2) "If You Really Love Nothing," Interpol: When I noticed Interpol was playing Riot Fest this year, I was excited to see them solely for the nostalgia factor. But if I were in a band, I would hate it if nobody listened to my new stuff—so I gave their 2018 album Marauder a spin. And it's surprisingly good! Especially the first half. This song is the album opener, in fact.
3) "Big God," Florence + The Machine: The album High as Hope came out in June, and ever since I have been waiting eagerly for Fall so I could put this song on the playlist. It's Florence at their best—powerful, majestic, a little scary.
4) "seedless," serpentwithfeet: I was *psyched* that serpentwithfeet released a new album this summer—it was a good summer for new albums in general, actually. Anyway, I've never heard another artist like serpentwithfeet. It's...male Björk opera hip-hop? It's wonderful.
5) "Borders," St. Beauty: This duo opened for Janelle Monáe when I saw her at the Chicago Theatre a few months ago, and I was immediately impressed with them. You should listen to their whole album, but this song is a good start.
6) "Hangout at the Gallows," Father John Misty: When I heard this song, my first reaction was somebody's been listening to George Harrison's solo stuff lately. Definitely has a vintage sound, the melody is killer. That chorus—gets me every time. When he performed it at Riot Fest I literally stopped breathing for a few seconds.
7) "Mariners Apartment Complex," Lana Del Rey: Lana Del Rey could write the same song over and over again and I'd listen to it every time. I get her vibe, or her vibe gets me—when I was doing that internship in L.A. I especially understood. It's West Coast music. I was pleased to see she dropped new autumn-appropriate music right before I started making this playlist.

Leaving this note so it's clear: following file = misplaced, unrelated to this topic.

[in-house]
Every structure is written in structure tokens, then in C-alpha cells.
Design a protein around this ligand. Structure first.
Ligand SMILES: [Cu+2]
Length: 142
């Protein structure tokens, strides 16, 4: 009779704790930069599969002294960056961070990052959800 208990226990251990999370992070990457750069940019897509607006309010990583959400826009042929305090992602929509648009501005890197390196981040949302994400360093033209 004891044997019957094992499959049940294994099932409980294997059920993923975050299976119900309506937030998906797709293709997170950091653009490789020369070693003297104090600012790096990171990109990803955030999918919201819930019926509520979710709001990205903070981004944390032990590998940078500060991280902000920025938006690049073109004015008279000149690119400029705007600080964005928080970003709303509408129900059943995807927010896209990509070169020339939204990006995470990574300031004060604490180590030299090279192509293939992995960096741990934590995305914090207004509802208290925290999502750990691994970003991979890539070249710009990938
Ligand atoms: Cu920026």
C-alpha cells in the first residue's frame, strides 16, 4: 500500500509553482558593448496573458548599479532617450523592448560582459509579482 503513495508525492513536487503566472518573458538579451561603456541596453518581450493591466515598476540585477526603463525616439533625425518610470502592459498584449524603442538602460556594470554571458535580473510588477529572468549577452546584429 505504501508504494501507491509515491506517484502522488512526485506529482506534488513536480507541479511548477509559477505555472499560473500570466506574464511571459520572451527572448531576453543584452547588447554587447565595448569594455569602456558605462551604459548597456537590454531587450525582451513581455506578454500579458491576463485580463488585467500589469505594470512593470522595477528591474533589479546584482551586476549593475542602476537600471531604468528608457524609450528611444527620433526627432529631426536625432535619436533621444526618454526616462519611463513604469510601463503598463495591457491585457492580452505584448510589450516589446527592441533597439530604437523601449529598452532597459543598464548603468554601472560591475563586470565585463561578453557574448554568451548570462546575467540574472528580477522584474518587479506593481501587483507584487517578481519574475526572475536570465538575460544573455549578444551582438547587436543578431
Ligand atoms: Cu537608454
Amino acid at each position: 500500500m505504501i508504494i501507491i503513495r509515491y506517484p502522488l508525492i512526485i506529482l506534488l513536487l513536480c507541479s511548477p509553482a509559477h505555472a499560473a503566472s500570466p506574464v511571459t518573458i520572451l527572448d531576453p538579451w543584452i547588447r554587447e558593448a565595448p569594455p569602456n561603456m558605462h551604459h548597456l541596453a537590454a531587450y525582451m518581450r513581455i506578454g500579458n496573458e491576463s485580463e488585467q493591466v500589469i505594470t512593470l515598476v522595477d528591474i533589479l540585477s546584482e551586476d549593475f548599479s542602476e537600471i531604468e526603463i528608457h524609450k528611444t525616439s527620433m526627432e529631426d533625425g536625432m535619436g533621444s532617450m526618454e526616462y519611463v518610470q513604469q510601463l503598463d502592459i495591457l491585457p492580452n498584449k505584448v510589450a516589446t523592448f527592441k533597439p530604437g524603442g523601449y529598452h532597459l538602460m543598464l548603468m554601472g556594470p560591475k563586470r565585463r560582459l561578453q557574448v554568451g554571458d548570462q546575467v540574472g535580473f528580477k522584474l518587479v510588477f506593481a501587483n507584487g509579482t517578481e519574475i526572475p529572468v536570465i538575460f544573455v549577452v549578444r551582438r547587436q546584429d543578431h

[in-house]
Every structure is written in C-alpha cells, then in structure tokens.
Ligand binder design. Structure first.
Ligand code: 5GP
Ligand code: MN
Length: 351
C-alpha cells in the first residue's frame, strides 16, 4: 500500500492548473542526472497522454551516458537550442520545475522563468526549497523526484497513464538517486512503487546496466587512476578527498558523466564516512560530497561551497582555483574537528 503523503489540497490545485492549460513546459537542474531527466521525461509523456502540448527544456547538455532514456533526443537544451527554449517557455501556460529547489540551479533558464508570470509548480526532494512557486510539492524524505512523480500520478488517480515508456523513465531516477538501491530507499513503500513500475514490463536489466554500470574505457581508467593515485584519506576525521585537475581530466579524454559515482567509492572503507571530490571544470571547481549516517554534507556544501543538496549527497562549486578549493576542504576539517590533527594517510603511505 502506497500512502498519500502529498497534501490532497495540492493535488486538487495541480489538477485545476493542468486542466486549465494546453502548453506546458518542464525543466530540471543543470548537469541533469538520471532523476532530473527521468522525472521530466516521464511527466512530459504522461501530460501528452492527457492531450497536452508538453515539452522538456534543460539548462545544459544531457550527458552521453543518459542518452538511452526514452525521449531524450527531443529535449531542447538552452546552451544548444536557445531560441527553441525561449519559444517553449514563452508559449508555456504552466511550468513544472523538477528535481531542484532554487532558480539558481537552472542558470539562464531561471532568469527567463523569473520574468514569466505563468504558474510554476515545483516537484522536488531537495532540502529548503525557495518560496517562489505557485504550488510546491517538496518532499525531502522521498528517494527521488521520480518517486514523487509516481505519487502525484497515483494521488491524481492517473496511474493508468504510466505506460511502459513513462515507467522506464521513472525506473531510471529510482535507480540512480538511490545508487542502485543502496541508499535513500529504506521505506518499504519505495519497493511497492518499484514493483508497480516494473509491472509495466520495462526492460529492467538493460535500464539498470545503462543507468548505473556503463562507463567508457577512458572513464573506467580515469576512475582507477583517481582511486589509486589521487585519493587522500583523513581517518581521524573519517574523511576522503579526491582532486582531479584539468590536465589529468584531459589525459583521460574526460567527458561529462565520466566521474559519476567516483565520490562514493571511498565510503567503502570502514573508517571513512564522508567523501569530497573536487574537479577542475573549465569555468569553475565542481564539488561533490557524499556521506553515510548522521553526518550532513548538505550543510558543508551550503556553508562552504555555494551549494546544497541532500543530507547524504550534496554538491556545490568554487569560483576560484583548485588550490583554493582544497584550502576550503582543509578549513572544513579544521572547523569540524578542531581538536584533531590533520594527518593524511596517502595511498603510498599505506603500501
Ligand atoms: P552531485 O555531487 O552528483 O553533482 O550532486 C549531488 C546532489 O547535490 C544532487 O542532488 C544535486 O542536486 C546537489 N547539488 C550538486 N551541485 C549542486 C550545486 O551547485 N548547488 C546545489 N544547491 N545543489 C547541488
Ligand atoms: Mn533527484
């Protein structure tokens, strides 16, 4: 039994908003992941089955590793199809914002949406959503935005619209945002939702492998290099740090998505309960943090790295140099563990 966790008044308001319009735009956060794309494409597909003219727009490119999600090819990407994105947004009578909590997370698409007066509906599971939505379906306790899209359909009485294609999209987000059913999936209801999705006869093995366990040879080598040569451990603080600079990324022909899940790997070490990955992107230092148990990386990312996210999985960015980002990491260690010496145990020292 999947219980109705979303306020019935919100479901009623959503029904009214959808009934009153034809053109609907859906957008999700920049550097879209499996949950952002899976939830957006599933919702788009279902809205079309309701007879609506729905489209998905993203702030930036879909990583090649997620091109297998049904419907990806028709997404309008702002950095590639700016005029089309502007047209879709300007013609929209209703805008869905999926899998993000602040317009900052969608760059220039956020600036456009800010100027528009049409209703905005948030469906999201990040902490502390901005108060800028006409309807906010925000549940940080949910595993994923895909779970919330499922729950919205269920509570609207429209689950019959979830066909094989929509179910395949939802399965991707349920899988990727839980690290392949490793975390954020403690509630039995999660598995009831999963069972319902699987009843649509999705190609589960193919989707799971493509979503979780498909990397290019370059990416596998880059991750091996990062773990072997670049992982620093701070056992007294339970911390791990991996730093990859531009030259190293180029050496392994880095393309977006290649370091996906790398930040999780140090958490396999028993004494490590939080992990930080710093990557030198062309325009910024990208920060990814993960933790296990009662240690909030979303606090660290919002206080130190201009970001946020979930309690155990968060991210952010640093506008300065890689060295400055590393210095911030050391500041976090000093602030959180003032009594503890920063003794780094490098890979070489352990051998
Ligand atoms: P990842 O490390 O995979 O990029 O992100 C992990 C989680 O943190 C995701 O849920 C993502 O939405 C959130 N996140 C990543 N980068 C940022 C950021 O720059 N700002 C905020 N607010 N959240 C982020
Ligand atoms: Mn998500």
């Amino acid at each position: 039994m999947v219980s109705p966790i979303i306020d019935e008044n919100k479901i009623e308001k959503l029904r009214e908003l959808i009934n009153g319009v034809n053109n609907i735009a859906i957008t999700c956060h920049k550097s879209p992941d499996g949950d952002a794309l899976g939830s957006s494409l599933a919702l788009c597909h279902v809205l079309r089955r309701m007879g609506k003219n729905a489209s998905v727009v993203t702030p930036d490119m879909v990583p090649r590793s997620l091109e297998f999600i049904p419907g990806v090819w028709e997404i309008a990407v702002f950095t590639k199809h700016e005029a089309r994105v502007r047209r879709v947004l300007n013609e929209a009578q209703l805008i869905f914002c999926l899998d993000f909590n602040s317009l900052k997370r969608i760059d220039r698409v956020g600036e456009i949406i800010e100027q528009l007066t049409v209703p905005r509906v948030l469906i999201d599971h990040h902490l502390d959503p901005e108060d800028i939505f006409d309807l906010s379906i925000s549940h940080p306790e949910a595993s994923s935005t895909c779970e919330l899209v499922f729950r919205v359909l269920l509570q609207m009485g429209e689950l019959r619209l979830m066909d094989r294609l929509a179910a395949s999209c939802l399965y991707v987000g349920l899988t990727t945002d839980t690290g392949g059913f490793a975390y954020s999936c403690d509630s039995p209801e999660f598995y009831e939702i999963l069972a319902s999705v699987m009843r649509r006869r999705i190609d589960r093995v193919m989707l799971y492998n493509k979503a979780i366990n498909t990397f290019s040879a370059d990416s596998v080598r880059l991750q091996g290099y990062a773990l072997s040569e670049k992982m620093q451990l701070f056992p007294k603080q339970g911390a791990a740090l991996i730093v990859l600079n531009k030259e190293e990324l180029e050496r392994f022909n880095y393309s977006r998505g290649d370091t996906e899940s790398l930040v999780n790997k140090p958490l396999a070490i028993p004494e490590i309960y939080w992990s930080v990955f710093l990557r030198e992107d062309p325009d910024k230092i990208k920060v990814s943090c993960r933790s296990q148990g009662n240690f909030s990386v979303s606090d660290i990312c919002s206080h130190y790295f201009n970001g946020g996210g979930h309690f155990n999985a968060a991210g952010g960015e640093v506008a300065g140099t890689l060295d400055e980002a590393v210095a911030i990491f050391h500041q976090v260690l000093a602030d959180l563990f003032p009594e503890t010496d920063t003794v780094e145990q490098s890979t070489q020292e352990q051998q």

8) "Don't Judge Me," Janelle Monáe: Dirty Computer is one of the greatest albums of all time and there will be one song from it on each of my playlists this year—I already have it planned out. I couldn't live with myself if I didn't expose as many people to Ms. Monáe as possible. She's literally perfect. This song is chill and also pretty. You'll like it.
9) "Right Down the Line," Lucius: I wasn't as into the latest Lucius album as I hoped I'd be—but I was really into this cover of a 1978 Gerry Rafferty song.
10) "Almost Every Door," Mountain Goats: Am I going to put a Mountain Goats song on every seasonal playlist I ever make? Probably. They snuck up on me. I'd always listened to them casually and then one day they were one of my favorite bands. This song is off their very recently released Hex of Infinite Binding EP.
11) "Let it Down (original version)," George Harrison: Father John Misty's new George Harrison-esque song got me listening to George Harrison again. What can I say? He's the thinking person's Beatle.
12) "65th and Ingleside," Chance the Rapper: New Chance! Always a good thing. This song is sort of the oddball among the four singles he recently released, but I like it. I like oddballs. It was also needed for the tricky folk-to-hip-hop/soul transition the playlist was making here.
13) "I Never Loved a Man [The Way I Loved You]," Aretha Franklin: We lost one of the greats. Had to honor her. What a voice.
14) "Self," Noname: If you're not listening to Noname's new album Room 25, you're doing life wrong. It's so so so so good. I was reluctant to add this specific song at first, just because it's so short—but it's one of my favorites, and it definitely works with fall weather.
15) "(I'm Always Touched By Your) Presence Dear," Blondie: I finally got to see Blondie at Riot Fest and Debbie Harry was perfect and I love her and it was freaking awesome and ohmigod.
16) "How Simple," Hop Along: Frances Quinlan is the lead singer of this Philadelphia-based band, and while their songs are good in general, her unusual voice is really what makes them great. I've put them on my playlists before. I would recommend listening to their entire catalog.